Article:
It’s becoming increasingly hard for selectors to find the weak links in Australia’s ODI line-up as they stew over who to tap on the shoulder when Steve Smith and David Warner return.

The two, whose year-long suspensions expire later this month, are fully expected to be included in the 15-man World Cup squad that must be submitted by April 23.

Australia travel to the UAE for a five-match ODI series after Wednesday’s decider against India.

[“source=foxsports”]

On Women’s Day, IIT students launch roll-on that promises to relieve period pain

IIT-Delhi incubated startup Sanfe on Friday launched an offering that promises to make women’s lives easier every month: a roll-on to relieve period pain. Launched on International Women’s Day, the Sanfe Period Pain Roll-on will allieviate menstrual cramps and ease mood swings.

The essential oil-based roll-on is naturally formulated and has been medically tested and FDA approved. Sanfe Period Pain Relief Roll-On, available in 10 ml bottles, costs Rs 10 for a single use.

Sanfe was co-founded by Archit Agarwal and Harry Sehrawat, third year BTech students at IIT-Delhi. The roll-on was developed by them with the help of their professor, Dr Srinivasan Venkataraman.

Sanfe
Archit and Harry at the launch of the Sanfe Period Pain Roll-on on International Women’s Day.


Also read: At just Rs 10, this pee device makes using public toilets safe, stress-free for women


“Women comprise 50 percent of our population and a significant portion of this population experiences pain and cramps during menstrual period. Therefore, this becomes an important problem to solve,” said Srinivasan, a Professor of the Department of Design.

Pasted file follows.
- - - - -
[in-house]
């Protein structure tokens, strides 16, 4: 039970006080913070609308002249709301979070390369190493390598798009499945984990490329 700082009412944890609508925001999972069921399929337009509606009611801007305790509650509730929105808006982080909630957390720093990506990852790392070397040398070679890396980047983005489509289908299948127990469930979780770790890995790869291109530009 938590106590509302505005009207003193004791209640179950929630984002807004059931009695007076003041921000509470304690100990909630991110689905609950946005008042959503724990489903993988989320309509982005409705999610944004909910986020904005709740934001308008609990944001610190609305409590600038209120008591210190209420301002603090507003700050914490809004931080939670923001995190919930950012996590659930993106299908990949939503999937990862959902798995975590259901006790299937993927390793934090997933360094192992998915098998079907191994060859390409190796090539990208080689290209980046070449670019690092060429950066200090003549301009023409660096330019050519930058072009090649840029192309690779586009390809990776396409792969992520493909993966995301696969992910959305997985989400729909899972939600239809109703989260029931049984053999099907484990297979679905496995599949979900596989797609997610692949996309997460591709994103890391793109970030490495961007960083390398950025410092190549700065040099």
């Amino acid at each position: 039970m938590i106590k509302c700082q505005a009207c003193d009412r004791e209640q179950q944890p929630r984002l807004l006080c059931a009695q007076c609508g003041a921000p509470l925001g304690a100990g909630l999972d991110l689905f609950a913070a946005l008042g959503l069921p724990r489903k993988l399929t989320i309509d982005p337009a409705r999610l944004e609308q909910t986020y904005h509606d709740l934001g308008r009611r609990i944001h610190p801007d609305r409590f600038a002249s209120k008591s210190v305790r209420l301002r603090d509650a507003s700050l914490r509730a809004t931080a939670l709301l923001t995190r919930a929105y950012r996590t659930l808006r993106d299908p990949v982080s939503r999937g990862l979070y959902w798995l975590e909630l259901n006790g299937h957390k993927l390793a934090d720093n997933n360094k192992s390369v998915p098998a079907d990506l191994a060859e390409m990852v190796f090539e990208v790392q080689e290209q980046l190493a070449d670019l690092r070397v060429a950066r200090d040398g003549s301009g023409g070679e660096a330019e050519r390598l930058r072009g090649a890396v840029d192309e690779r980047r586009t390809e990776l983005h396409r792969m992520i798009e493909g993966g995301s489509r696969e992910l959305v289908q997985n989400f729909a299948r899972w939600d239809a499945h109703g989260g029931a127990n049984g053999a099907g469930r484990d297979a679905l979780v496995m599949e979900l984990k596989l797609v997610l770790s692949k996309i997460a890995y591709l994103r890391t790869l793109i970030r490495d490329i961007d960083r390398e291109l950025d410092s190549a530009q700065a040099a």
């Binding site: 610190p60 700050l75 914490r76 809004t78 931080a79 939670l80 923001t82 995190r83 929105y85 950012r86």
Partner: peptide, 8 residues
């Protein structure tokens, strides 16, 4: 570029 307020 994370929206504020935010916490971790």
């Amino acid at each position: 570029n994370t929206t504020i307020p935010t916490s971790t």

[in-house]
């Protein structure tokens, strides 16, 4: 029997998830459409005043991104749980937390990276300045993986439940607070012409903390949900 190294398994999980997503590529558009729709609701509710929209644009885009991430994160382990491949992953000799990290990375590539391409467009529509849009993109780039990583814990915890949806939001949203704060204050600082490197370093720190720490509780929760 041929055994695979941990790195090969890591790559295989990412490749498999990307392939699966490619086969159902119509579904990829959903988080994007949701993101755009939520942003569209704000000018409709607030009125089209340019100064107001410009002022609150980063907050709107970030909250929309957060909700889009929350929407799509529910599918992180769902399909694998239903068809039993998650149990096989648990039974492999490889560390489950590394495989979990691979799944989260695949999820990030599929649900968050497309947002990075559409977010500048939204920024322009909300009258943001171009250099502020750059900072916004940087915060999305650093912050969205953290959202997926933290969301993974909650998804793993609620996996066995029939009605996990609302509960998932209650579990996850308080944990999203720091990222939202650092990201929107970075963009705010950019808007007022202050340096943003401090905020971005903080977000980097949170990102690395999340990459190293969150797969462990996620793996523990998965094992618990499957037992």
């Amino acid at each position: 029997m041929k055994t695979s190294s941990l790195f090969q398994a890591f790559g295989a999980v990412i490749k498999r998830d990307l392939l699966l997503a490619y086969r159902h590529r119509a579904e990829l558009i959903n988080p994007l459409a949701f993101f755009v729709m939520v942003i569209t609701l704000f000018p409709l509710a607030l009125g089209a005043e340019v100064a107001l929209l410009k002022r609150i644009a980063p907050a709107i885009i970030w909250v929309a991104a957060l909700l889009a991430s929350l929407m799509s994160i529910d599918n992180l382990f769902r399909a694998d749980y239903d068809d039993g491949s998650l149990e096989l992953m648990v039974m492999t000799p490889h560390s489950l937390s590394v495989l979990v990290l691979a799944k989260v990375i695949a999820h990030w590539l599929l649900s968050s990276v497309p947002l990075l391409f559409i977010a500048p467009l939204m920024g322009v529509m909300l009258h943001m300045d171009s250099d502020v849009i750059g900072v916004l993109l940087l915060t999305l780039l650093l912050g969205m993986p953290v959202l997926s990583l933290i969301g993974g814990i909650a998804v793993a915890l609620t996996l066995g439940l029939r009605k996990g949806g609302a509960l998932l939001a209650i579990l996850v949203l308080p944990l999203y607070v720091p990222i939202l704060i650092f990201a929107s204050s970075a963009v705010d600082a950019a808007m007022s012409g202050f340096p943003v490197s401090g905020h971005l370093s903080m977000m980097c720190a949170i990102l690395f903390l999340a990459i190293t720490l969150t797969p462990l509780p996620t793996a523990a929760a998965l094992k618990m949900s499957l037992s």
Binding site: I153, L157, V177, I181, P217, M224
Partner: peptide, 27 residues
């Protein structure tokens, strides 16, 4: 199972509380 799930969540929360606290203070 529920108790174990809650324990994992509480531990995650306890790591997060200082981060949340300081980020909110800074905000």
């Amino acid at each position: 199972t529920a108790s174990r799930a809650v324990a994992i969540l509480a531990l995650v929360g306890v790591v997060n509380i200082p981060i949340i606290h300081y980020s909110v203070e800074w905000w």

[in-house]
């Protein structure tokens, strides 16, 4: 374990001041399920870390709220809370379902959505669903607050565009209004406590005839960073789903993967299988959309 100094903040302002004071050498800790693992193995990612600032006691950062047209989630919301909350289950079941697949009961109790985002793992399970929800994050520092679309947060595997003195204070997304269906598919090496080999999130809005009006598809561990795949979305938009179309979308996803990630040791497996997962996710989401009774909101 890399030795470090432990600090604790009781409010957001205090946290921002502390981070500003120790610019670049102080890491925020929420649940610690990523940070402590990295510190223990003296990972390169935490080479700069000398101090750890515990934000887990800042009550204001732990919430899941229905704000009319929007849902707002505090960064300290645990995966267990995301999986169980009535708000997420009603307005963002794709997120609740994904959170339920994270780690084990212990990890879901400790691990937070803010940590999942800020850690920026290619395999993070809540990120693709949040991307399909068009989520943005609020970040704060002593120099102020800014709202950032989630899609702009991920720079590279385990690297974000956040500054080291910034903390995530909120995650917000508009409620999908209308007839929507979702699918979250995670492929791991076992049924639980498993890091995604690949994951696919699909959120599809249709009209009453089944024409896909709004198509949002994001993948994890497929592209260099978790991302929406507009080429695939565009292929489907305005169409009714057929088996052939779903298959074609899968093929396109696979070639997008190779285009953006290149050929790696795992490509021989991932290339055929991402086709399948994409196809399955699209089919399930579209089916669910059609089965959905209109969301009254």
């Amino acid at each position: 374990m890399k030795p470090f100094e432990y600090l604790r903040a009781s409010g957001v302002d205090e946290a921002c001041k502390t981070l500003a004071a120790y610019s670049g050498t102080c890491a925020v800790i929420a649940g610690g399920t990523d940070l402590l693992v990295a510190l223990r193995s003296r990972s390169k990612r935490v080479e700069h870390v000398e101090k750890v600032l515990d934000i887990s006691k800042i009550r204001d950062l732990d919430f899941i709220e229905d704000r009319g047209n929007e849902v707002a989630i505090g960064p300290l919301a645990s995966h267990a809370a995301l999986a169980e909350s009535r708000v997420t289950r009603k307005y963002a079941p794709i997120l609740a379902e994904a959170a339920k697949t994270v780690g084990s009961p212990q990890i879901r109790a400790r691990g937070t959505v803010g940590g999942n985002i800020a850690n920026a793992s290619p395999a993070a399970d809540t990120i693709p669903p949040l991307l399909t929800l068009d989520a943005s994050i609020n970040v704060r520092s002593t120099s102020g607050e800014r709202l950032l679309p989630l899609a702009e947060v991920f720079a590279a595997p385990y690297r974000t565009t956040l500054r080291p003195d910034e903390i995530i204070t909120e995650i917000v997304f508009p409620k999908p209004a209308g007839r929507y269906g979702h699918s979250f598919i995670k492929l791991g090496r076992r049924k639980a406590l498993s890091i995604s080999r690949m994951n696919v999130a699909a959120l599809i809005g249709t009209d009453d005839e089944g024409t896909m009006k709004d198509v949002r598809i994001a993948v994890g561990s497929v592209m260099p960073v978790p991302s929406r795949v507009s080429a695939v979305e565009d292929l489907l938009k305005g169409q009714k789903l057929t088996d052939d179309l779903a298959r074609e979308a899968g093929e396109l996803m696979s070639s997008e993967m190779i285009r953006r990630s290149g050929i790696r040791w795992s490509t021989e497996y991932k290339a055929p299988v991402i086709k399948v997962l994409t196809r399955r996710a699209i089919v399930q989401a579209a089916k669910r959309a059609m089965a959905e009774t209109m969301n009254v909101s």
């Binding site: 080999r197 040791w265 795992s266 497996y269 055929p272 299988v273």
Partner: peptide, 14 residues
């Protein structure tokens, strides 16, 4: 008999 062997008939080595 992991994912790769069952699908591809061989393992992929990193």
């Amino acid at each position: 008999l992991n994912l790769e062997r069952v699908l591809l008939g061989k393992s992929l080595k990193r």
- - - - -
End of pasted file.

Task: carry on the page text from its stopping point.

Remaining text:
Archit and Harry previously launched Sanfe Stand & Pee on World Toilet Day, last year. The device enables women to stand and urinate, preventing Urinary Tract Infection (UTI) infections from unhygienic public washrooms.

Menstrual cramps often come in the way of women’s daily routine and companies have been developing feminine products to fight this. Brands, including Peesafe and Sensur, have also launched roll-ons to ease menstrual cramps.

Archit and Harry’s eureka moment was when one of their friends complained of not performing well in the semester exam, due to period pain.

“We realised that period pain forces over 40 percent of women to miss their daily routine. Motivated by this, we started working on a solution to relieve women from menstrual cramps,” the duo said.

They spent seven months on Research & Development. “We don’t want women to suffer because of a natural body function. We figured this problem and designed the roll-on,” said Archit, a BTech Textile Technology student.